Vertical integration in mining: the trader’s value chain
Vertical integration has been a significant driver of acquisitions in the mining industry in the past decades. As steelmakers and other mineral processers were trying to secure supply of resources, they increasingly decided to buy mines and mining companies. The next decade will show another interesting development. The vertical integration will increasingly include the next step in the value chain: trading.
The looming merger of Glencore and Xstrata will create the first of a new type of companies. The integrated mining, processing and trading companies will span the entire value chain of the resource world. This development is not unique. In many other industries the drive to become more customer-centric has resulted in similar moves.
The fact that a large part of the global resource production never enters the global trade and the nature of commodity markets, in which price is the key differentiator, has made the development in mining and metals slower than elsewhere. Furthermore, there is a large difference between the corporate cultures of the trading houses and the large mining companies.
Now why would the resource producers want to merge with traders? What synergies will be achieved in such a combination? The key of the answer is improvement of supplier power. A significant cost reduction and productivity improvement will be achieved by eliminating the trading department of the resource company after transferring the crucial activities to the trading house. However, most money will be made because of improved trading terms.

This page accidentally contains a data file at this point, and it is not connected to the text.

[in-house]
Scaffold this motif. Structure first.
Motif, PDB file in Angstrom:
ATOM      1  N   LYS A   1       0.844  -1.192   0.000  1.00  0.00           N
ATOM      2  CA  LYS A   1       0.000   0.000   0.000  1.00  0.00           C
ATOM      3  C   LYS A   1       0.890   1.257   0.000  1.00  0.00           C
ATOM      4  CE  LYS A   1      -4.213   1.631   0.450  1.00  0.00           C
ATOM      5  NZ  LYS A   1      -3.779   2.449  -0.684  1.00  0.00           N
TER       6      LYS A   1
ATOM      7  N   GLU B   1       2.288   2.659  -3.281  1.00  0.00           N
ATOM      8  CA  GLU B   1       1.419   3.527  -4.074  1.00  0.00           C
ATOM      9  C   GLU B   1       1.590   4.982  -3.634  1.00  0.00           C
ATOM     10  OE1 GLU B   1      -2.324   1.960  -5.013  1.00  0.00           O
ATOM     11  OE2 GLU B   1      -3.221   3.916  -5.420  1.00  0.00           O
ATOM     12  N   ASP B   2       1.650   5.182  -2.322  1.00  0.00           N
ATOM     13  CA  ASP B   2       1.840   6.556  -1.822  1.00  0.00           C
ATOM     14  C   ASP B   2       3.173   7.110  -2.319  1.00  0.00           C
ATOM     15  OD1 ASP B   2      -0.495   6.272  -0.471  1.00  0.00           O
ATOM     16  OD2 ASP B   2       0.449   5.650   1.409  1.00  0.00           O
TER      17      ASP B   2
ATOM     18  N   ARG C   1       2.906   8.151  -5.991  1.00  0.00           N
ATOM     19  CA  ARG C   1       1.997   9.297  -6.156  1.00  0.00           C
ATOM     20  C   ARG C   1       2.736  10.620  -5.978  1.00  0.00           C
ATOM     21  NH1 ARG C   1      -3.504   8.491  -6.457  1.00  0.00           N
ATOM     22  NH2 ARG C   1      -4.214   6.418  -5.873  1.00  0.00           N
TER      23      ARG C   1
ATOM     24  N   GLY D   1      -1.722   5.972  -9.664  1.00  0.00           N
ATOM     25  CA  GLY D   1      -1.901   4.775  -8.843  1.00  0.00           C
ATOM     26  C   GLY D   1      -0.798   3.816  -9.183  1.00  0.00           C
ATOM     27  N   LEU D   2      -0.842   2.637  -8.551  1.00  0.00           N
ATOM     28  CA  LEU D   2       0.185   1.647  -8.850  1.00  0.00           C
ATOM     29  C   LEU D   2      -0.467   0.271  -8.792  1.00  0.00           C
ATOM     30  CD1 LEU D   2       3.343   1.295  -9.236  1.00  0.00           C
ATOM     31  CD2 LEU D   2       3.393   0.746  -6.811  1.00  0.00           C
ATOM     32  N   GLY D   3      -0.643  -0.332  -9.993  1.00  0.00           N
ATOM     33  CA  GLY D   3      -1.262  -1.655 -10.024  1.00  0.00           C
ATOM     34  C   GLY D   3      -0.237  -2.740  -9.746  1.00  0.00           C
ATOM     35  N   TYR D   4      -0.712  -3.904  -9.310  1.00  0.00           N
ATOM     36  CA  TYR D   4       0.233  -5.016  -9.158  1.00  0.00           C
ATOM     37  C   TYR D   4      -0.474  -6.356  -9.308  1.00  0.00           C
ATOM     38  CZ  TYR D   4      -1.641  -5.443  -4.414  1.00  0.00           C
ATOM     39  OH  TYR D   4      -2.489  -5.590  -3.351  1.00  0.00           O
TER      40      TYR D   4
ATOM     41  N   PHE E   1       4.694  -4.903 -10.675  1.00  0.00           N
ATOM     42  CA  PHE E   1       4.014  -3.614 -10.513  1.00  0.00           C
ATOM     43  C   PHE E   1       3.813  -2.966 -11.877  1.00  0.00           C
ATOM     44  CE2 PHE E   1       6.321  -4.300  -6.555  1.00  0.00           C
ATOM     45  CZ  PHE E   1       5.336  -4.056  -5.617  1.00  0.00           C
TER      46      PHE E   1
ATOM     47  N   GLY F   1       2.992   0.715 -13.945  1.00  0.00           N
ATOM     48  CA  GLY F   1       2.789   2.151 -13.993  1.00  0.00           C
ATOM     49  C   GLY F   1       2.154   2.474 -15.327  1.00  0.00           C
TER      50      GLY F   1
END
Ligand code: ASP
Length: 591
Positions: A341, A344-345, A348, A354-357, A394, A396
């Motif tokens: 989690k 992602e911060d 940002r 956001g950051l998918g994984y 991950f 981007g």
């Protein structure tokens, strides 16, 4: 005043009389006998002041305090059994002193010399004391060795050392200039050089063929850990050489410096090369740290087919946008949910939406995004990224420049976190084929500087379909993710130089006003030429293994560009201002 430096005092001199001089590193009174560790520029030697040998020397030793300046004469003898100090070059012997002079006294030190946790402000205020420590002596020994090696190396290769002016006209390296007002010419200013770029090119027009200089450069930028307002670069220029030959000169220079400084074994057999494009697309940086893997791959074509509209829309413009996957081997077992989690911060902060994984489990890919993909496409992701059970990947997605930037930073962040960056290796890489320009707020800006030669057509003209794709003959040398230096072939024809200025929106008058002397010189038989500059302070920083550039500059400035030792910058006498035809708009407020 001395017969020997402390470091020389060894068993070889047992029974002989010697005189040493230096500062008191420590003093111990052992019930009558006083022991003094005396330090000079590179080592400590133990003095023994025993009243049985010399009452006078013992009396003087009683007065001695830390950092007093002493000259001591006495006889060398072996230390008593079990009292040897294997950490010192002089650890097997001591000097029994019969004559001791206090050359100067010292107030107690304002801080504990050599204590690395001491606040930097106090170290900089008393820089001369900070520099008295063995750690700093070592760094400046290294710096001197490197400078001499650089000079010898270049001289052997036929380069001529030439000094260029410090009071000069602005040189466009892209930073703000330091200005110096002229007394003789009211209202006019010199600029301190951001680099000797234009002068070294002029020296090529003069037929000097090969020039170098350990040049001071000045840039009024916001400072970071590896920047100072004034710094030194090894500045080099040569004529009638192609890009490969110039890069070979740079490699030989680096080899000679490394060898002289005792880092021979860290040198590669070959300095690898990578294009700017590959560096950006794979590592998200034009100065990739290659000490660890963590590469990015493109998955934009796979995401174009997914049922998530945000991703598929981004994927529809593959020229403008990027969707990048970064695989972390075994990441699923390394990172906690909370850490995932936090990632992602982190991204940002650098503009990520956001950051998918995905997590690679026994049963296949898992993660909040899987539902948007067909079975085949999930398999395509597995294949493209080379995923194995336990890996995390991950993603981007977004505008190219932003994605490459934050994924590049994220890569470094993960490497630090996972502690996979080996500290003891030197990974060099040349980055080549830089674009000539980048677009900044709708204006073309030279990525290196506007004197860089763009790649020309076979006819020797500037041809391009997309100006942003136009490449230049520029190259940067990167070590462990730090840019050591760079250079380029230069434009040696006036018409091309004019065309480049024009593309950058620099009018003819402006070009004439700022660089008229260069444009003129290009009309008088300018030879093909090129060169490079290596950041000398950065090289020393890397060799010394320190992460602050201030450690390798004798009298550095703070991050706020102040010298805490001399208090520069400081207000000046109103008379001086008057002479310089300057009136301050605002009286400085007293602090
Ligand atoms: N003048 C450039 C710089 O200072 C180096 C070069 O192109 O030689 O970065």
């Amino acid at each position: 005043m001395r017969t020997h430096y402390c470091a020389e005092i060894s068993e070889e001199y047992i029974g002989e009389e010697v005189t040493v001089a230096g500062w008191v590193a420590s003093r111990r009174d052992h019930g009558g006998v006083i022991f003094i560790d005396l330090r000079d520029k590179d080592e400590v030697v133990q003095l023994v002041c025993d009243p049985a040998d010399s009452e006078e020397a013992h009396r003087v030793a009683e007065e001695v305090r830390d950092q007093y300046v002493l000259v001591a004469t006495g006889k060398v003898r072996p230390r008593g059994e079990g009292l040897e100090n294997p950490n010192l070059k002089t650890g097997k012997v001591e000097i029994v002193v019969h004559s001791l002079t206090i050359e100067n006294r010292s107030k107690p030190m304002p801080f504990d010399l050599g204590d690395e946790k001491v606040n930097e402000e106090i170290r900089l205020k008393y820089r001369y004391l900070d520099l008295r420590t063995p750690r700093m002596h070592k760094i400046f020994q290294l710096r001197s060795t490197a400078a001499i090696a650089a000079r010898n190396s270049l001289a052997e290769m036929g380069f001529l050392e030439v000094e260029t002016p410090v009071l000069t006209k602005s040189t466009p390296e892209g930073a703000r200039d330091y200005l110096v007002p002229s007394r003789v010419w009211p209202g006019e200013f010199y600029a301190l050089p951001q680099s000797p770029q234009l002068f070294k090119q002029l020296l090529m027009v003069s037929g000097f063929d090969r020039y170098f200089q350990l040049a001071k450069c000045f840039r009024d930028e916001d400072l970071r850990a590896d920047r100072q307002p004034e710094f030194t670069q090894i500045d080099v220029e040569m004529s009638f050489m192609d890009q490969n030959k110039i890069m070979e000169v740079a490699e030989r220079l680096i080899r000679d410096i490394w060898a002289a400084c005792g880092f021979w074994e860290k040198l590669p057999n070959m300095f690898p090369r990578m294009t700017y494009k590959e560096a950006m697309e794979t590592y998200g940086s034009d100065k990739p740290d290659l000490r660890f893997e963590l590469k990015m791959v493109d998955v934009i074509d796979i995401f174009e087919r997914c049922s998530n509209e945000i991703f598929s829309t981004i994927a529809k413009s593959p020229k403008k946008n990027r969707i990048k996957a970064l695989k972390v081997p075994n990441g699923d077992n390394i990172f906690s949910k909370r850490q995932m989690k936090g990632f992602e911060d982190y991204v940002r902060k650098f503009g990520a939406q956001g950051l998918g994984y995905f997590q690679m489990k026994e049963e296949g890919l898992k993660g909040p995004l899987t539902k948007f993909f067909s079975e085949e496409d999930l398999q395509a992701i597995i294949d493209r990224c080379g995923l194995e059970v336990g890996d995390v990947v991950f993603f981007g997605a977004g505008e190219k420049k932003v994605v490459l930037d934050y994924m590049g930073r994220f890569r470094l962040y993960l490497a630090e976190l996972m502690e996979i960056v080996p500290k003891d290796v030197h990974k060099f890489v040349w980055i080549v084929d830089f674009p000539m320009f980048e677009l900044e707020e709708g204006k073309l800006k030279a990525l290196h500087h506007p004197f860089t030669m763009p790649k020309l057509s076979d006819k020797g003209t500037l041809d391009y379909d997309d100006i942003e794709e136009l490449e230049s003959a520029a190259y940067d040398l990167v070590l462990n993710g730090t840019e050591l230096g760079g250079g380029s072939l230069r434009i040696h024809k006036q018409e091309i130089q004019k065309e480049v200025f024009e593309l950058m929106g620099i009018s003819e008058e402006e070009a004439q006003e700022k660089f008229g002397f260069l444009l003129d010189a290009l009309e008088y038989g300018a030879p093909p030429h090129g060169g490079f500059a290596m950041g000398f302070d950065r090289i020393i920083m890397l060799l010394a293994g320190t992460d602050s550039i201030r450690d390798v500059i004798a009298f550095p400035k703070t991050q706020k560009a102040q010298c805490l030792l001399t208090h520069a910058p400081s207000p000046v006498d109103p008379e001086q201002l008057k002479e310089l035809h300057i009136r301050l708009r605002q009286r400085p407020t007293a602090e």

An exiting additional benefit in the long term could be that mines are going to produce on demand and just in time. If customer A in Japan sends its specified needs to the traders, the next step should be to translate the order into a production schedule for the mine and plant.
Consequences for mining
What will the integration along the value chain imply for miners? First of all they will slowly be forced to think more about the customer and less about the technology. Secondly, the production schedules will need to become more flexible in order to be able to deliver what is demanded. Finally, as the new company will be able to better respond to changes in commodity prices, more mines will start aligning their output volume with demand. In the extreme case this will mean that more mines will temporarily be shut down or sleeping mines temporarily opened again.
Concluding: Mining will become more flexible. Vertical integration including trading houses will not cause a revolution in the industry, but it will change priorities and slowly make the mining industry a more customer-centric environment.